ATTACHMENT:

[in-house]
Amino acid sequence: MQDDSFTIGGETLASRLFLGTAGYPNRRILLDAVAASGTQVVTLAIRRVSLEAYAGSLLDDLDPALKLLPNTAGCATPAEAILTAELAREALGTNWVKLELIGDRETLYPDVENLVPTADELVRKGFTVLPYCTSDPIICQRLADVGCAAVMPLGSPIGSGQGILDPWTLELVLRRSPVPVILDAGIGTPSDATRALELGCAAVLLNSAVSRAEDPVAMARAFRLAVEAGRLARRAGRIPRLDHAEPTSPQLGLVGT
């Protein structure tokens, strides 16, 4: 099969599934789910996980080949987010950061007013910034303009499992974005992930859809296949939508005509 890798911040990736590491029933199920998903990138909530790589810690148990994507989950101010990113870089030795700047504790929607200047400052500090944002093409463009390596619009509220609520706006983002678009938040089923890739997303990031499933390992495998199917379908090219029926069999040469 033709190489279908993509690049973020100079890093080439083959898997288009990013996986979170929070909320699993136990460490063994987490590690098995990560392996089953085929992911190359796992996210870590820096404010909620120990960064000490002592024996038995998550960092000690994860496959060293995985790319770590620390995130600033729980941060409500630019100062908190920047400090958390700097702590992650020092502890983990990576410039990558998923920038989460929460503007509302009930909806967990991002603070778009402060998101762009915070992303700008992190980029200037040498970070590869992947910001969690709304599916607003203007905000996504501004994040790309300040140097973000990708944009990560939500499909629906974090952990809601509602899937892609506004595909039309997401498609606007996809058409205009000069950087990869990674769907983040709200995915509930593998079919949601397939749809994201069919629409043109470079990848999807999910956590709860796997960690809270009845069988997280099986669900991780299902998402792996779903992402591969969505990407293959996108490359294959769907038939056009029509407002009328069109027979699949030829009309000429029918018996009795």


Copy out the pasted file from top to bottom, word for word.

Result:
[in-house]
Amino acid sequence: MQDDSFTIGGETLASRLFLGTAGYPNRRILLDAVAASGTQVVTLAIRRVSLEAYAGSLLDDLDPALKLLPNTAGCATPAEAILTAELAREALGTNWVKLELIGDRETLYPDVENLVPTADELVRKGFTVLPYCTSDPIICQRLADVGCAAVMPLGSPIGSGQGILDPWTLELVLRRSPVPVILDAGIGTPSDATRALELGCAAVLLNSAVSRAEDPVAMARAFRLAVEAGRLARRAGRIPRLDHAEPTSPQLGLVGT
């Protein structure tokens, strides 16, 4: 099969599934789910996980080949987010950061007013910034303009499992974005992930859809296949939508005509 890798911040990736590491029933199920998903990138909530790589810690148990994507989950101010990113870089030795700047504790929607200047400052500090944002093409463009390596619009509220609520706006983002678009938040089923890739997303990031499933390992495998199917379908090219029926069999040469 033709190489279908993509690049973020100079890093080439083959898997288009990013996986979170929070909320699993136990460490063994987490590690098995990560392996089953085929992911190359796992996210870590820096404010909620120990960064000490002592024996038995998550960092000690994860496959060293995985790319770590620390995130600033729980941060409500630019100062908190920047400090958390700097702590992650020092502890983990990576410039990558998923920038989460929460503007509302009930909806967990991002603070778009402060998101762009915070992303700008992190980029200037040498970070590869992947910001969690709304599916607003203007905000996504501004994040790309300040140097973000990708944009990560939500499909629906974090952990809601509602899937892609506004595909039309997401498609606007996809058409205009000069950087990869990674769907983040709200995915509930593998079919949601397939749809994201069919629409043109470079990848999807999910956590709860796997960690809270009845069988997280099986669900991780299902998402792996779903992402591969969505990407293959996108490359294959769907038939056009029509407002009328069109027979699949030829009309000429029918018996009795």